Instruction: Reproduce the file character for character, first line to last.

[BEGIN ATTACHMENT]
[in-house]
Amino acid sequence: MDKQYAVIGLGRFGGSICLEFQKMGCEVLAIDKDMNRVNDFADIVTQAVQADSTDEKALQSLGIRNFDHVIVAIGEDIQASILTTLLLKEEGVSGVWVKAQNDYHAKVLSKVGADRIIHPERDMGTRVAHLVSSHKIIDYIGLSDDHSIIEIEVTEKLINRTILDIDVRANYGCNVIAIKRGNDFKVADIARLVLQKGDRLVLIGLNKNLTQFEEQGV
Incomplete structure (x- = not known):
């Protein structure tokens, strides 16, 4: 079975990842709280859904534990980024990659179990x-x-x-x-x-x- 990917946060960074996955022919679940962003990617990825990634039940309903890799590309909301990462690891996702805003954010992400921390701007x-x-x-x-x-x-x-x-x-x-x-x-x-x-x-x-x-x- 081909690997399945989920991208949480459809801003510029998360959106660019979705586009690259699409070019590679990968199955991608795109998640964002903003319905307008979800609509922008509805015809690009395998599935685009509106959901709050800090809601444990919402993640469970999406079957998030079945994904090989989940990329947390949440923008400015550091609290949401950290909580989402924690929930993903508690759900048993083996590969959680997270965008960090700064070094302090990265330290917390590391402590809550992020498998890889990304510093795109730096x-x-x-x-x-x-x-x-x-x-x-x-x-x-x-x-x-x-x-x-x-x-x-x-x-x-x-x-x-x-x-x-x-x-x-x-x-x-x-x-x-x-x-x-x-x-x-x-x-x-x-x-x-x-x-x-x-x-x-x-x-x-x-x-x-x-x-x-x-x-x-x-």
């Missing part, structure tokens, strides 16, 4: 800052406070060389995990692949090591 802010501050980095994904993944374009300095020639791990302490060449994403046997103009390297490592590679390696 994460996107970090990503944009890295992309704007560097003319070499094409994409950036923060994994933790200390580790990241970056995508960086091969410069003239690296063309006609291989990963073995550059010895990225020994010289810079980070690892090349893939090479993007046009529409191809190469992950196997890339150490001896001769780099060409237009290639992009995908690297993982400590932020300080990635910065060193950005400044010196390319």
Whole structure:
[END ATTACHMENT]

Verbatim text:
[in-house]
Amino acid sequence: MDKQYAVIGLGRFGGSICLEFQKMGCEVLAIDKDMNRVNDFADIVTQAVQADSTDEKALQSLGIRNFDHVIVAIGEDIQASILTTLLLKEEGVSGVWVKAQNDYHAKVLSKVGADRIIHPERDMGTRVAHLVSSHKIIDYIGLSDDHSIIEIEVTEKLINRTILDIDVRANYGCNVIAIKRGNDFKVADIARLVLQKGDRLVLIGLNKNLTQFEEQGV
Incomplete structure (x- = not known):
């Protein structure tokens, strides 16, 4: 079975990842709280859904534990980024990659179990x-x-x-x-x-x- 990917946060960074996955022919679940962003990617990825990634039940309903890799590309909301990462690891996702805003954010992400921390701007x-x-x-x-x-x-x-x-x-x-x-x-x-x-x-x-x-x- 081909690997399945989920991208949480459809801003510029998360959106660019979705586009690259699409070019590679990968199955991608795109998640964002903003319905307008979800609509922008509805015809690009395998599935685009509106959901709050800090809601444990919402993640469970999406079957998030079945994904090989989940990329947390949440923008400015550091609290949401950290909580989402924690929930993903508690759900048993083996590969959680997270965008960090700064070094302090990265330290917390590391402590809550992020498998890889990304510093795109730096x-x-x-x-x-x-x-x-x-x-x-x-x-x-x-x-x-x-x-x-x-x-x-x-x-x-x-x-x-x-x-x-x-x-x-x-x-x-x-x-x-x-x-x-x-x-x-x-x-x-x-x-x-x-x-x-x-x-x-x-x-x-x-x-x-x-x-x-x-x-x-x-």
């Missing part, structure tokens, strides 16, 4: 800052406070060389995990692949090591 802010501050980095994904993944374009300095020639791990302490060449994403046997103009390297490592590679390696 994460996107970090990503944009890295992309704007560097003319070499094409994409950036923060994994933790200390580790990241970056995508960086091969410069003239690296063309006609291989990963073995550059010895990225020994010289810079980070690892090349893939090479993007046009529409191809190469992950196997890339150490001896001769780099060409237009290639992009995908690297993982400590932020300080990635910065060193950005400044010196390319």
Whole structure: